goldenboy #IMWAYR May 26th, 2014 There's a Book for That

The Body in the Woods by April Henry

I was in the mood for a fast paced mystery story – this did deliver. Was it good? Hmm, not so much.

#IMWAYR May 26th, 2014 There's a Book for ThatIn my class, we finished The One and Only Ivan by Katherine Applegate. I shared our closure with this beautiful novel here: Ivan: One, Only, Ours.

 Ivan #IMWAYR May 26th, 2014 There's a Book for ThatNext up? I am reading A Monster Calls by Patrick Ness and hope to get to The Girl who Could Silence the Wind by Meg Medina

Reading Goal updates:

2014 Chapter Book Challenge: 40/100 novels complete

Goodeads Challenge: 265/650 books read

#MustReadin2014: 16/30 complete

Nonfiction Picture Book Challenge: 64/65 complete

 

 

39 thoughts on “Monday May 26th, 2014

  1. I think I’ll have to read Golden Boy. It sounds amazing. You find great picture books. You should write a post about strategies you use to find your picture books. I’d love to learn what you do and how you think about books choice. I’ve read The Knife of Never Letting Go. Halfway through The Ask and The Answer, I put it down because it kind of creeped me out. My friend told me I should have read the whole trilogy because everything changes and it is amazing. Did you read that trilogy?

      • I haven’t read this trilogy so can’t comment. Sorry. Honestly, I find a lot of picture book ideas on all of the #IMWAYR posts! There is always such a variety. I also try to really search widely when at my public library – both in the new book section but also in other parts of the collection.

    • Thanks Kellee! Sharing our journey with Ivan was so nice to be able to do. How we LOVED that book! You will absolutely love Golden Boy. I am almost certain it will speak to you as it did to me.

  2. Oh goodness… searched for that Running Shoes book, sounds fabulous… might be a good challenge to access… shall see. Love Cactus Soup, good adaptation… Erik Kimmel is so fantastic… So many lovely books, much thanks. 🙂

  3. So many good ones, Carrie. Golden Boy is waiting, and thanks for the words about Running Shoes. I don’t know it, but will have to find it at the library. Amazon has it for Much Money! The Hole sounds so interesting, like The Dot? I love Patrick Ness, have read the trilogy & The Monster Calls is beautifully done, both sad and satisfying. Have a good day!

    • Hi Linda – Golden Boy is such an incredible read – I hope that you enjoy it. I am excited to read A Monster Calls – I have heard so many rave reviews. I hope you can find Running Shoes in your library.

    • Hi Leigh Anne. It is an older title – I would categorize it as YA – some very emotional scenes. So high school and up preferably – main character is 13 years old.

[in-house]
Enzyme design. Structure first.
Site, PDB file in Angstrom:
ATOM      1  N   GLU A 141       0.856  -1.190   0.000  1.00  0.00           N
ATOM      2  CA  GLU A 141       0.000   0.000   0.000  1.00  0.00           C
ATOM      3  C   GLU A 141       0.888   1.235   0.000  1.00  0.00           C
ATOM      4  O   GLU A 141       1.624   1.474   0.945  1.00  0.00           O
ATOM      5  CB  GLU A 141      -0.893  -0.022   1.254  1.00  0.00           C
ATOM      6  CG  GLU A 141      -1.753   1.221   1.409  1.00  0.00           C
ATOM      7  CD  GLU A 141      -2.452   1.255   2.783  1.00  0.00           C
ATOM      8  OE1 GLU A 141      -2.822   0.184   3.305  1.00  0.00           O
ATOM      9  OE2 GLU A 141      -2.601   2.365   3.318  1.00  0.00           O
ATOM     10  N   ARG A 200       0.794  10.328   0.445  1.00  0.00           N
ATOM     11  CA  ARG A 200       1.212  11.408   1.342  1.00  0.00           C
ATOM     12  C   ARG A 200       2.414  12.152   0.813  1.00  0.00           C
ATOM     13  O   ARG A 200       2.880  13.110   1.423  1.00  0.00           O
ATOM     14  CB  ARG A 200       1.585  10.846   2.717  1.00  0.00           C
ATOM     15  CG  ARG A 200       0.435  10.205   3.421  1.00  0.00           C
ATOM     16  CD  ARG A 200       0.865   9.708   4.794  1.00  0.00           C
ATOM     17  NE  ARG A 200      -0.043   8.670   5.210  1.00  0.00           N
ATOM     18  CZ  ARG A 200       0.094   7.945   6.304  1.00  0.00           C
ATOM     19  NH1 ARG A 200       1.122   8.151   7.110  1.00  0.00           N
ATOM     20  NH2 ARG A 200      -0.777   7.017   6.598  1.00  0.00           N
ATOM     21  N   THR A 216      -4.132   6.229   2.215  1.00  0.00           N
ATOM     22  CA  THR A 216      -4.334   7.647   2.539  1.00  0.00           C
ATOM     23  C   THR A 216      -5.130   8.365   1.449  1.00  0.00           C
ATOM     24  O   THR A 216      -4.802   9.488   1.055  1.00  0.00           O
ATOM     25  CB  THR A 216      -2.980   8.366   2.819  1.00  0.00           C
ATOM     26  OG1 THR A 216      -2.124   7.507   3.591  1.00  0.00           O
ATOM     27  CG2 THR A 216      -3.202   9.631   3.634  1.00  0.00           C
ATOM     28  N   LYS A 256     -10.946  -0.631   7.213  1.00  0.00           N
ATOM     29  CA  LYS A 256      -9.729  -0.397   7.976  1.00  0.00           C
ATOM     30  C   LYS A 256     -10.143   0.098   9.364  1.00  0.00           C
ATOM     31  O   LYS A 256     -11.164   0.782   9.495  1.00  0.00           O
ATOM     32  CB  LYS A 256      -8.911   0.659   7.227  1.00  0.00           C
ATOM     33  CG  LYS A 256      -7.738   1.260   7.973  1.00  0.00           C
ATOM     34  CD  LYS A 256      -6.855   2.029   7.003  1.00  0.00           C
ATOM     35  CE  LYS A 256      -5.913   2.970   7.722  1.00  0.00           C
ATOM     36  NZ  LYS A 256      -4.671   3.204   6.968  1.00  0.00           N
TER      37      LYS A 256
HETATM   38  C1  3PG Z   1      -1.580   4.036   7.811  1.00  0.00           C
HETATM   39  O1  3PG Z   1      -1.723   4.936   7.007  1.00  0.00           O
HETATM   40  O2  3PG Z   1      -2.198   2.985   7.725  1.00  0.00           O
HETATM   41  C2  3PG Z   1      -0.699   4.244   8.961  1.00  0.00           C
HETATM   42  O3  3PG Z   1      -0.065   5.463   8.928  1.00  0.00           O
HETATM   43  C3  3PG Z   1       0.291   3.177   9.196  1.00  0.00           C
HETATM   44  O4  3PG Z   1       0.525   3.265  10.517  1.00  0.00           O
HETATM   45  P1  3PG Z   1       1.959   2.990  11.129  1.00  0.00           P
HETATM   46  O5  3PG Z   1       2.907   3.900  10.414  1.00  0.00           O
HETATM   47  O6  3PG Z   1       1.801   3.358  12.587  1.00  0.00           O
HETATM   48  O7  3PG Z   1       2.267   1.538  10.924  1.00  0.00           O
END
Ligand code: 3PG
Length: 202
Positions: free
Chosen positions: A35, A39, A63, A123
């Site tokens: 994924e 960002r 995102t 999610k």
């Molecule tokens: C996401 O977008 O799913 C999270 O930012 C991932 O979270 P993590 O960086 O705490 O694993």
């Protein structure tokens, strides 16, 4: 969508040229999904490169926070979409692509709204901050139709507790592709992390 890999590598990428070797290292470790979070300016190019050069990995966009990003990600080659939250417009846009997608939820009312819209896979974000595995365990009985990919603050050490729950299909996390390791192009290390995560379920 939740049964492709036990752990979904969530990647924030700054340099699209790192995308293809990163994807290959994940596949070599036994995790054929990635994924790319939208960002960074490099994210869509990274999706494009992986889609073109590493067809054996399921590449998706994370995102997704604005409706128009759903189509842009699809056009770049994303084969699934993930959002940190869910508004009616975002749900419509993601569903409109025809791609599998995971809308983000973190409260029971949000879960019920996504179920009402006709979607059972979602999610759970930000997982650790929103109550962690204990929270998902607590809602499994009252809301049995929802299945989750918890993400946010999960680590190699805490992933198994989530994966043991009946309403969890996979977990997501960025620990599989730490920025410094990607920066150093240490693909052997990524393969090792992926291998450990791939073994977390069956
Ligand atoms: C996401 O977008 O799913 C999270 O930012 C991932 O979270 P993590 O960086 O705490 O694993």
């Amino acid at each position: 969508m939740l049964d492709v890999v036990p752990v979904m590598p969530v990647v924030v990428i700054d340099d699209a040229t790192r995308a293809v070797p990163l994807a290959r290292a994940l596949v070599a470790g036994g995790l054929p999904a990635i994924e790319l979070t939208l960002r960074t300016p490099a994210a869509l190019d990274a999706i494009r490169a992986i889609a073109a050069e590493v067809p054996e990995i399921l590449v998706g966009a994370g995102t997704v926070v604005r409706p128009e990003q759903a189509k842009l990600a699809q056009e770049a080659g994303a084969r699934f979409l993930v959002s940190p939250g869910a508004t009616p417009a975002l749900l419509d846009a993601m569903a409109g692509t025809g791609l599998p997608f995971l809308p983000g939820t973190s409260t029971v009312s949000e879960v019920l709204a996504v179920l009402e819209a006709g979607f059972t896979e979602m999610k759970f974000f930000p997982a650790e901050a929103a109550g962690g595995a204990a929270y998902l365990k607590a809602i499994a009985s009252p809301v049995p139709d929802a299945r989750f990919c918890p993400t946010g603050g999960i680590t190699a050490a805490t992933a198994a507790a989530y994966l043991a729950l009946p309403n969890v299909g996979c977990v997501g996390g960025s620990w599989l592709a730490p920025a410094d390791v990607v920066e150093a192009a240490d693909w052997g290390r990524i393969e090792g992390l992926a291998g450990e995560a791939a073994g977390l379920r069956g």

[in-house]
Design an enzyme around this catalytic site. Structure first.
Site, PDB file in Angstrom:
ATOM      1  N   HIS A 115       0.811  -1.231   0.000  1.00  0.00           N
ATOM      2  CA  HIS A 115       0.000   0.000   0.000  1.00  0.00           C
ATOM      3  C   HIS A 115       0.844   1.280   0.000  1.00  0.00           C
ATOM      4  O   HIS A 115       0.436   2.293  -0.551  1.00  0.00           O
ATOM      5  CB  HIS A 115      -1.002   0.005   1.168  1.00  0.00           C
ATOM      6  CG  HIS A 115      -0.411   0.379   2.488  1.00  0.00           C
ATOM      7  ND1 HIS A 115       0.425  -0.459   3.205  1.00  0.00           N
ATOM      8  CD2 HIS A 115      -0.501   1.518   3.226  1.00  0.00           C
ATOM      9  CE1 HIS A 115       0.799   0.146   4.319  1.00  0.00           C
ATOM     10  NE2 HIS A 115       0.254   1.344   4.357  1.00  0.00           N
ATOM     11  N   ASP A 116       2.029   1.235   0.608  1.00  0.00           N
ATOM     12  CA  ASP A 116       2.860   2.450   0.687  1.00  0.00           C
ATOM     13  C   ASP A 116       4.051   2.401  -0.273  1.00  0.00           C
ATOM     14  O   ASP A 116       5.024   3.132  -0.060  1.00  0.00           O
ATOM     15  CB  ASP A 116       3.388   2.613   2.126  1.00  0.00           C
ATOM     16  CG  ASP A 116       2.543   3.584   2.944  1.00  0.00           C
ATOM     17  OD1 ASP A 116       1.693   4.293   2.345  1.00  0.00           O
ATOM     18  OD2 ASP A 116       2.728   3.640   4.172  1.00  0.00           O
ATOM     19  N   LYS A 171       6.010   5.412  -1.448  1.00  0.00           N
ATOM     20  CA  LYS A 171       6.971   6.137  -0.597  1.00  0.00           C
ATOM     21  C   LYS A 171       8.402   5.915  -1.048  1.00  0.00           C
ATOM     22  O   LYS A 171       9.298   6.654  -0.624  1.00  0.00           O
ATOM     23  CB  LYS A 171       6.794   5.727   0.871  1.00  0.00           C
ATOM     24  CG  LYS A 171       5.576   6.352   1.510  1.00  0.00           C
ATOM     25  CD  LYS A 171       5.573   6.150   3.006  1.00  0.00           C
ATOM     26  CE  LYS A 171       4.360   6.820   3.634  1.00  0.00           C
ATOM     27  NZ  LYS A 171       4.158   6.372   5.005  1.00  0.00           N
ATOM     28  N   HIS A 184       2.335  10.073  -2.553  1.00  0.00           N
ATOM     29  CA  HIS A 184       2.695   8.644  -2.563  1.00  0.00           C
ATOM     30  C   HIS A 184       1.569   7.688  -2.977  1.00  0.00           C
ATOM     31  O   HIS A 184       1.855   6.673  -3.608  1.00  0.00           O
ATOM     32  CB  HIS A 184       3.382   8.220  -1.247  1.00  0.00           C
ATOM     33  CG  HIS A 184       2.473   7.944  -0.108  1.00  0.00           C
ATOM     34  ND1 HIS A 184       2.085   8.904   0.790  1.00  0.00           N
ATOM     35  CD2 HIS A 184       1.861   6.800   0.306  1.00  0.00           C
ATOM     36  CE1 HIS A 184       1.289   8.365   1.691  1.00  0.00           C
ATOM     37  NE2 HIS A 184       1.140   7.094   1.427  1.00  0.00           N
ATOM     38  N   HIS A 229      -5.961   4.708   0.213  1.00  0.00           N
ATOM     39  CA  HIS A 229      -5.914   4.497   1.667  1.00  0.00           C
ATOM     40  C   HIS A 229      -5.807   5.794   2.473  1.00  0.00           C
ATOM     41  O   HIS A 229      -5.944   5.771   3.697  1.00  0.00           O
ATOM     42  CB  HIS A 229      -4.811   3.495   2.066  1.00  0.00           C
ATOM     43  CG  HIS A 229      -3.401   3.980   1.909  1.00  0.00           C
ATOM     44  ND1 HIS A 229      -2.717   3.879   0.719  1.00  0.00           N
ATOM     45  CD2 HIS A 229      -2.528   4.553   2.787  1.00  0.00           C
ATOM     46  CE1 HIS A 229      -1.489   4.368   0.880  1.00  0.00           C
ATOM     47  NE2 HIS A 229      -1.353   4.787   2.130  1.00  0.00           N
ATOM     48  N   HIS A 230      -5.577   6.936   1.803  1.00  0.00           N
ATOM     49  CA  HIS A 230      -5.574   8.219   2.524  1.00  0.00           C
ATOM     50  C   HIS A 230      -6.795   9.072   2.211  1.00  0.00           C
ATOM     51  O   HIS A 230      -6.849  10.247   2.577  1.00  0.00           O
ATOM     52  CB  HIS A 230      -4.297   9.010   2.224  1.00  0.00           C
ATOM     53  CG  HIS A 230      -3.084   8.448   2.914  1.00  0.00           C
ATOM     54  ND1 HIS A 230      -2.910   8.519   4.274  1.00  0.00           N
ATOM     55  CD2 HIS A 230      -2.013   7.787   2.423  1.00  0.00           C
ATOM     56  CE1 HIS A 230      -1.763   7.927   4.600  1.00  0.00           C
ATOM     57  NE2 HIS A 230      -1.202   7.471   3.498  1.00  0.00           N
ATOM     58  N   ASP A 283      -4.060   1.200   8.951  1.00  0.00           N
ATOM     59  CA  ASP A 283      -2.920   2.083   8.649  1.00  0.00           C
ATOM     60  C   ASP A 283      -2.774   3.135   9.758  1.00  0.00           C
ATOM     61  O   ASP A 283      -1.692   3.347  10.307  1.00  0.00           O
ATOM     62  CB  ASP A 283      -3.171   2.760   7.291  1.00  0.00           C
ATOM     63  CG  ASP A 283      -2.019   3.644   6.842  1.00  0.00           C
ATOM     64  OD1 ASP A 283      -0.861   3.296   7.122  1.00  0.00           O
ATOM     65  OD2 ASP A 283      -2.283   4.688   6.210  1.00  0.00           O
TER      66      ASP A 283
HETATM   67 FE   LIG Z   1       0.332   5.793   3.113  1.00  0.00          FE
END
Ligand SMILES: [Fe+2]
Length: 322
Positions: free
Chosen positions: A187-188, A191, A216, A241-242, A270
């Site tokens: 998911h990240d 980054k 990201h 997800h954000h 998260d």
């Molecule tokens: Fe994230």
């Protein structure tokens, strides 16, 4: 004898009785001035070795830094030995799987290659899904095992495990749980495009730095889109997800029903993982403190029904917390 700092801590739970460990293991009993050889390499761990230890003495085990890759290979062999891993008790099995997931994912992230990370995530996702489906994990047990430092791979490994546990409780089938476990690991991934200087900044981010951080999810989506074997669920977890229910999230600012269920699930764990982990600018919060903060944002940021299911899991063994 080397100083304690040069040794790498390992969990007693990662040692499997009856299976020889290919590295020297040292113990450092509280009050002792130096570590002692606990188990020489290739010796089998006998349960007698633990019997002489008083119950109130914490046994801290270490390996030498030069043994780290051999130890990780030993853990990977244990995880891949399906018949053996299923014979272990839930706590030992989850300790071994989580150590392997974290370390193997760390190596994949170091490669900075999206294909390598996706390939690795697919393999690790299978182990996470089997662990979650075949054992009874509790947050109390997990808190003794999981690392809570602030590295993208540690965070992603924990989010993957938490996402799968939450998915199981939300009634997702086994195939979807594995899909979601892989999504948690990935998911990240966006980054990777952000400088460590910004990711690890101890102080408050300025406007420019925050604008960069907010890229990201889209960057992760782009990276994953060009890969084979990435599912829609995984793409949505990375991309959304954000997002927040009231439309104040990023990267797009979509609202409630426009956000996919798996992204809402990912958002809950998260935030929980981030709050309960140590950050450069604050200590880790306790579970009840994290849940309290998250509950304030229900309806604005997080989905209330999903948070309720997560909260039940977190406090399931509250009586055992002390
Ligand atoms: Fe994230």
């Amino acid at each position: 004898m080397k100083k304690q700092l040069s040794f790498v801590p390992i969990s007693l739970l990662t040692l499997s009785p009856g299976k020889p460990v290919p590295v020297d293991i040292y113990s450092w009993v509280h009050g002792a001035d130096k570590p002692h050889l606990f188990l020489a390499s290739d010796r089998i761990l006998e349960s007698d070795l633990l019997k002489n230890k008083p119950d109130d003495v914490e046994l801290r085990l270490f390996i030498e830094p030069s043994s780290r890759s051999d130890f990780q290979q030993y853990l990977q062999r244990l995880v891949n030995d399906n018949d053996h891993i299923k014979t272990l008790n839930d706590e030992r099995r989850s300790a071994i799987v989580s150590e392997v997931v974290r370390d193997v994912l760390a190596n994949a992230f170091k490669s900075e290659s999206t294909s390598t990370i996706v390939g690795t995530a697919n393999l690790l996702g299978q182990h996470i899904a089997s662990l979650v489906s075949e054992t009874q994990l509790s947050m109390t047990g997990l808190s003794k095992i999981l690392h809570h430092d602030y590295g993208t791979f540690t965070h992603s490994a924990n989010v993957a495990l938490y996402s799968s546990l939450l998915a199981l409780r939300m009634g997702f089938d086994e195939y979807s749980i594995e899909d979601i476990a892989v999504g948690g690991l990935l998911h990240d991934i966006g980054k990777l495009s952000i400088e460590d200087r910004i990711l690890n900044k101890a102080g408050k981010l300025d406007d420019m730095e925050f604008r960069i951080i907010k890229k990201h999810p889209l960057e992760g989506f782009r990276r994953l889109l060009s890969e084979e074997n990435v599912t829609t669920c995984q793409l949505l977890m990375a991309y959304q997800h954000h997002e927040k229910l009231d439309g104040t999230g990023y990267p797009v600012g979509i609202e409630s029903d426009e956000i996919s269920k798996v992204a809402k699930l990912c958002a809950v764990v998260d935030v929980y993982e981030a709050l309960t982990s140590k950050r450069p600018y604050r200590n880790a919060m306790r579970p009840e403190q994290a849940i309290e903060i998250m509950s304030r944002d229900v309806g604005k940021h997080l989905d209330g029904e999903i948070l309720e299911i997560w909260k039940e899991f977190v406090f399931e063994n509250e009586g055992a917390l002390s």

4. This is such a great list of wonderful books. There are so many titles on this list that I had not heard of before, but will definitely be adding to the TBR list. Golden Boy sounds like a powerful book that I need to read! Have a great reading week!

  5. Great books! I think you’ve convinced me to look at Golden Boy!! I tried finding Running Shoes at our library but we don’t carry it 😦 Xander’s Panda Party is a cute story! Have a great reading week!

    • Running Shoes is an older title. Too bad not available – it’s really great. So happy you might read Golden Boy. I just ordered my own copy. Want it in the house so my children can read it in a few years.

    • So pleased you found some titles of interest! Please let me know if you enjoy any of these. I am being very persistent about Golden Boy – really think it is a must, must read.

  6. I have a very nice collection of Eric Kimmel books but I do not have Cactus Soup. It is perfect for my dual language school. Kimmel and Helen Kettman are my go to authors for Texas themed books. Texas is such an awesome place to live. We really do have cowboys and cowgirls everywhere.

  7. I love “out there” picture books too. Will definitely seek out The Hole! Given that it’s a rhyming title, I liked Xander’s Panda Party more than I expected to. I didn’t think the rhyming was terrible. That’s high praise from me! I find that so few rhyming titles actually need the rhyme. Looking forward to your thoughts on Monster Calls. That one got passed around some in my Adolescent Lit class and got rave reviews. I read it when it first came out and loved it but it’s a bit hazy in my memory. Perhaps a reread is in order! Of course, I’d like to finish the Chaos Walking trilogy first. I loved The Knife of Never Letting Go (though there was one scene where I wanted to throw the book across the room), but keep feeling like I should reread it before going on to books 2 and 3 and of course there’s so little time for rereading when the TBR pile keeps growing!

    • I hear you on the rhymes – I feel the same. And true, Xander was not annoying rhymes, just noticed it rhymes. I feel with rhyming like I am in pre-cringe mode waiting for it to sound forced. So I never quite relax. I am very curious to read Monster Calls. Hoping I can get it read this week. Have a professional title I borrowed that needs to go back that I am trying to finish tonight.

  8. This is such an amazing list Carrie. I’ve already got Golden Boy on my to read list, but I’ve added The Birdman, Tippy and the Night Parade (I too love the toon comics) Running Shoes and An Awesome Book of Thanks to my list of books to get for the library!

  9. Excited about the Jelly Bean book and the book of gratitude. Looked at The Hole at Kidsbooks but found interesting but a little too strange for me! Zander’s Birthday Party was one of my favorite Connect books from last year! So important to discuss the impact of birthday parties and all that they mean (and shouldn’t mean!) to kids! As always, thanks for the recommendations!

  10. Oh my, I hope that you’re reading the illustrated version of A Monster Calls – that book. I couldn’t stop talking about that novel last year. So sooo powerful. Have you read his Chaos Walking Trilogy yet? I am so happy to see another Annouchka title here – have you read her Sho and the Demons of the Deep yet – absolutely stunning with multiple layers to it – I reviewed it back in 2010 (http://gatheringbooks.wordpress.com/2010/11/03/sho-and-the-demons-of-the-deep-written-and-painted-by-annouchka-gravel-galouchko/)
    I am pinning Golden Boy. I hope I find it in our library. Looks and sounds great.